My topic for today may not sound so exciting, but is equally important. Essential I would say.

Managers and Leaders must be organised!

By definition, you are managing and leading people, projects, assignments, resources and activities. You have lots going on. Things can easily get overlooked or forgotten. If there are even the tiniest cracks, important things will find a way of slipping through.

That’s why being organised is such a key foundational skill to have. Be organised. Help your team be organised. It’s the gateway to achievement and effectiveness in every other facet of your work.

That’s why personal productivity is the first step in LMI’s Total Leader process, and developing a system to handle all your day-to-day responsibilities well is covered in depth on our Foundations of Success workshop.

It might sound boring but…


The Alignment Triangle

December 10, 2014

Following on from the last post about the need for the large Tube map and the single line plan, here’s my ‘Alignment Triangle’ diagram which illustrates an effective process for keeping today’s activity aligned with the’Big Picture’ aims of the organisation. Every company knows they should be doing this, but I’ve come across very few that are systematically implementing this on a continual basis. That’s why a simple model to follow can really help.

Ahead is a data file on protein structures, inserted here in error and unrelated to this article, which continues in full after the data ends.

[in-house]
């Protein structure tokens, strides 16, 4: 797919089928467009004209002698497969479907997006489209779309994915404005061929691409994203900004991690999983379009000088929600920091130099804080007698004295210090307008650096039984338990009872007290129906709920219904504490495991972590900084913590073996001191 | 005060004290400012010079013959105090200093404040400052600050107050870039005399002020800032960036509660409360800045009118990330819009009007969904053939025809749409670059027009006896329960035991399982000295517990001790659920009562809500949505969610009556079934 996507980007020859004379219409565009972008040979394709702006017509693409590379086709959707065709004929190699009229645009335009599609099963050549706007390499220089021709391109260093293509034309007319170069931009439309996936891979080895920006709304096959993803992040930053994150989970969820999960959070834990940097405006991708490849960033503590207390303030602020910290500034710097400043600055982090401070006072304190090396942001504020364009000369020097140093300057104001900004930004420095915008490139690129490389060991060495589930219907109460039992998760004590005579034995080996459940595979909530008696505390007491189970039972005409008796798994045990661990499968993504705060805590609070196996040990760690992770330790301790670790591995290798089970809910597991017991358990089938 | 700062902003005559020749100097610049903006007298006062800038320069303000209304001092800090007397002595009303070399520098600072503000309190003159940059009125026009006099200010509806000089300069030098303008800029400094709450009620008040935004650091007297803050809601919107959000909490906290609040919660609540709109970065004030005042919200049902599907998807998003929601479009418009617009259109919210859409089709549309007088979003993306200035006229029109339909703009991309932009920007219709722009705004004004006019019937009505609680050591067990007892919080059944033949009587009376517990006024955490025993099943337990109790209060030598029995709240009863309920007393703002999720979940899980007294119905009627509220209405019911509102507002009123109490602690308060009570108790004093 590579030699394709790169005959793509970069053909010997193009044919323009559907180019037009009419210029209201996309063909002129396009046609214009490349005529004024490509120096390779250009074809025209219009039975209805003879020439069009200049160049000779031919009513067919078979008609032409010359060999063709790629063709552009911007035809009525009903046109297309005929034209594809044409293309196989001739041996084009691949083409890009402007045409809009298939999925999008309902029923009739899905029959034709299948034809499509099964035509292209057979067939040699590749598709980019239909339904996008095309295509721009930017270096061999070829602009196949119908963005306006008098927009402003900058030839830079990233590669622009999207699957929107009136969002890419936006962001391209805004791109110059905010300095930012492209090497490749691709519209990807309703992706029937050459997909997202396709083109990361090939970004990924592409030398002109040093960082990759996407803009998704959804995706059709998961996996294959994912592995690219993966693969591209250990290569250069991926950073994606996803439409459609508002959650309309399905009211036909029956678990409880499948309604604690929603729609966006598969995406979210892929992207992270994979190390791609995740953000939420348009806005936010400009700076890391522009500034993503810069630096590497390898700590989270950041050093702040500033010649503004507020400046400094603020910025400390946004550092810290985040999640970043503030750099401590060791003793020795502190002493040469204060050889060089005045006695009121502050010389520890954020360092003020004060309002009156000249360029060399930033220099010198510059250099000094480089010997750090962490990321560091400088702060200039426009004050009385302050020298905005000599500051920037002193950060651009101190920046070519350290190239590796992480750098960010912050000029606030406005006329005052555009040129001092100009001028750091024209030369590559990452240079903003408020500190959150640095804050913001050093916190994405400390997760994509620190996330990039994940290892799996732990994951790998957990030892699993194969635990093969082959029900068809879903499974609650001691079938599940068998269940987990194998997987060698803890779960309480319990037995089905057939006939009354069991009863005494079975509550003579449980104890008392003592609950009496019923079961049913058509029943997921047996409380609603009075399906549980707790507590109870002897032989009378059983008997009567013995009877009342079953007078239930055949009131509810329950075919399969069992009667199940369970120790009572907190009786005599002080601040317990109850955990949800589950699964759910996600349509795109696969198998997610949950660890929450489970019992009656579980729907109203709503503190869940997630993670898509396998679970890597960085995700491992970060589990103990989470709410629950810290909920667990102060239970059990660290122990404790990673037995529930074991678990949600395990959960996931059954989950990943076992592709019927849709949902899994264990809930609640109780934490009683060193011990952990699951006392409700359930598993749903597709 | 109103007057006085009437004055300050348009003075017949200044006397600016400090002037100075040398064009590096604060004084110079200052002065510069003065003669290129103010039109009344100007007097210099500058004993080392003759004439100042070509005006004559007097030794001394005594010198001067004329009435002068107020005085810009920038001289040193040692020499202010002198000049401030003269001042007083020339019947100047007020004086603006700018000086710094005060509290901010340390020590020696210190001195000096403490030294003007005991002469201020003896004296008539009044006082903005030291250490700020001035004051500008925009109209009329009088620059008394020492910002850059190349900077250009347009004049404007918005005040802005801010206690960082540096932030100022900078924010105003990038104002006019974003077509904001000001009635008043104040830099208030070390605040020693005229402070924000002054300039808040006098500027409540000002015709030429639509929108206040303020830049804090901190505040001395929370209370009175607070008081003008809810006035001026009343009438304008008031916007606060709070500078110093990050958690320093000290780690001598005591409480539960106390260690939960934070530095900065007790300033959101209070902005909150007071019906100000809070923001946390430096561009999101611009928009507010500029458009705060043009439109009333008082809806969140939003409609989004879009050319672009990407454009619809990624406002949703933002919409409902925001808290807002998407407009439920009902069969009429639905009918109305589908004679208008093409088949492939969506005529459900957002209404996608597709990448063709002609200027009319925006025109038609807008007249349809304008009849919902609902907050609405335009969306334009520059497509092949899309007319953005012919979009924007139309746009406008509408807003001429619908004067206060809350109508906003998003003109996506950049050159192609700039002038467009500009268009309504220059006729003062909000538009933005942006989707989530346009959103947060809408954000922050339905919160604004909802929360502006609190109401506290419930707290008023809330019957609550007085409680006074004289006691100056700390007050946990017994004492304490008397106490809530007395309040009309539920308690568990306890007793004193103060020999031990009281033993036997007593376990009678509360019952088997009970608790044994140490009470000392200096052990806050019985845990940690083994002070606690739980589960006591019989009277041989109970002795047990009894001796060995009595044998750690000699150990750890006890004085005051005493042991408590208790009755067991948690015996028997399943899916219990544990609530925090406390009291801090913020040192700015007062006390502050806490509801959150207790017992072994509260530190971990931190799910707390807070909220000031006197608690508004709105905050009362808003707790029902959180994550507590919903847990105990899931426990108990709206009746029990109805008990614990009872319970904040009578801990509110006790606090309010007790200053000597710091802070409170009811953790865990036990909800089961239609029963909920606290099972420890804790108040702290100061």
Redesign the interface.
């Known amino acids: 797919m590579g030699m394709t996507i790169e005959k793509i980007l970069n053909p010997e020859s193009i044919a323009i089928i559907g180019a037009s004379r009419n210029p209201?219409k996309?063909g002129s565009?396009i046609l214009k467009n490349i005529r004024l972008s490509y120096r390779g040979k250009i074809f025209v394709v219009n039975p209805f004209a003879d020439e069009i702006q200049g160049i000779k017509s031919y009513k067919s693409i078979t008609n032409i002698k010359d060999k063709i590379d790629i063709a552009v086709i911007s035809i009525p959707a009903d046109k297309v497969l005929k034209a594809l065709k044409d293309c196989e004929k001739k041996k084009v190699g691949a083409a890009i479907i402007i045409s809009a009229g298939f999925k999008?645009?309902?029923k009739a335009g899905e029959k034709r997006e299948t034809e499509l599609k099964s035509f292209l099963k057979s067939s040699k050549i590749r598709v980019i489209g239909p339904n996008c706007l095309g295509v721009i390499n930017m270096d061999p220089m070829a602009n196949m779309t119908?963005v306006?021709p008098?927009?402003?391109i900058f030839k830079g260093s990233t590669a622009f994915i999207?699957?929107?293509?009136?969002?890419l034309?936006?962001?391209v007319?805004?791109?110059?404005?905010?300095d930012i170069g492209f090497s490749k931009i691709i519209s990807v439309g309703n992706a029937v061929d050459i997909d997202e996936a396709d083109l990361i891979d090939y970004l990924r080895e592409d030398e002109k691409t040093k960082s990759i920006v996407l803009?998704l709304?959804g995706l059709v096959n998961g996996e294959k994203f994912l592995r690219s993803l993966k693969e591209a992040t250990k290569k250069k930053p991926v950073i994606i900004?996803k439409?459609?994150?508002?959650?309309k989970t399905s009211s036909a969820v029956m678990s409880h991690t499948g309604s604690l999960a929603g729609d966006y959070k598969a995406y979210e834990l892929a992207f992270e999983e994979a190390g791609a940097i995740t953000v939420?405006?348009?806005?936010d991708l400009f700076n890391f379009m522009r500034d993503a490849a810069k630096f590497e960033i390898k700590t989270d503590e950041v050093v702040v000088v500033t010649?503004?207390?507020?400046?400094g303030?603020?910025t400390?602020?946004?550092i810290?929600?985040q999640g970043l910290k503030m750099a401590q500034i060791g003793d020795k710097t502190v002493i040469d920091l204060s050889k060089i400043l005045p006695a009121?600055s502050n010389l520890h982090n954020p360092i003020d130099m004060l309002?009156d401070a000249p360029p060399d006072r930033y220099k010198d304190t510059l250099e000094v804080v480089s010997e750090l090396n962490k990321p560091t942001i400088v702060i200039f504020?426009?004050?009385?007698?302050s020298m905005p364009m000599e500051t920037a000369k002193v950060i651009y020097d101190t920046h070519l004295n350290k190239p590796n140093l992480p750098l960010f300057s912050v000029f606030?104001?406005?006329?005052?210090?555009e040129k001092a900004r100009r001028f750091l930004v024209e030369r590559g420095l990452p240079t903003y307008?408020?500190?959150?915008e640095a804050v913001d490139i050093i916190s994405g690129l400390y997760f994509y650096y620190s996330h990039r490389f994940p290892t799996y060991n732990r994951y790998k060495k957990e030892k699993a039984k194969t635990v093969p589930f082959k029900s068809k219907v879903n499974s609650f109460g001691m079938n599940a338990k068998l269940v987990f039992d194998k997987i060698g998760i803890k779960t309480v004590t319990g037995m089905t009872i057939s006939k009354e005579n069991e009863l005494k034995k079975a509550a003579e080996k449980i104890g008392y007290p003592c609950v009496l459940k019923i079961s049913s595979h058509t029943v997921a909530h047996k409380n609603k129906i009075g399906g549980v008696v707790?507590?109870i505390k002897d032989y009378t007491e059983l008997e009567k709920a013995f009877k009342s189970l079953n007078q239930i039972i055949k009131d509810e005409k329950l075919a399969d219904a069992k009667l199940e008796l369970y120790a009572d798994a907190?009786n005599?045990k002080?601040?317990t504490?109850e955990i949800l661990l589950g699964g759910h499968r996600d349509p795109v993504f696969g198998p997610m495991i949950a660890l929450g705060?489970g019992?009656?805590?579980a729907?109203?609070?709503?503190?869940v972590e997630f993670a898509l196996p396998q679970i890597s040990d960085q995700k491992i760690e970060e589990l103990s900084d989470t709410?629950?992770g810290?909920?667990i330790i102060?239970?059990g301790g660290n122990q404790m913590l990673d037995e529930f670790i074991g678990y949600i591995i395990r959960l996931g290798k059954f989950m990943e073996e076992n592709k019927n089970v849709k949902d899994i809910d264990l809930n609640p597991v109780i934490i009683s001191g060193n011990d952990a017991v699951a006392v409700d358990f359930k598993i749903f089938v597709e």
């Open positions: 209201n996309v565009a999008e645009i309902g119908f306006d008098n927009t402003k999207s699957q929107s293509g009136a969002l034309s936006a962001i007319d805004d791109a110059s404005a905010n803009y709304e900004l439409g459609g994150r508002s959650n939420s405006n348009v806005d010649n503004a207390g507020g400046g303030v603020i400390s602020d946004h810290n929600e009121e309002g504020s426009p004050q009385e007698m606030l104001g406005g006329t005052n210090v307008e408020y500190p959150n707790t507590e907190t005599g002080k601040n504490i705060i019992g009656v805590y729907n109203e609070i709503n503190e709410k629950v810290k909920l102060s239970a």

Alignment Triangle

The Big Picture – start with defining the Mission, Purpose, Vision and Values (this is no twenty minute exercise – take time to do this well).

Create a Master Goals List – this is the place to record every significant goal that will help move your organisation towards the defined and agreed Big Picture.

Monthly Goals & Priorities – a refined and repeatable format to clarify the goals and priorities for Dec 2014 or Jan 2015 is essential. The Master Goals List will have far too much on it to be able to focus effectively. We suggest a 2 – 3 hour monthly planning process to set each month up so everyone knows exactly what they are shooting for in that 30 day period.

Daily Organising – it’s only when the above steps are done really well that organising your daily activity can be super-effective. Again, a repeatable format for planning your day in line with the monthly goals is essential for optimising performance.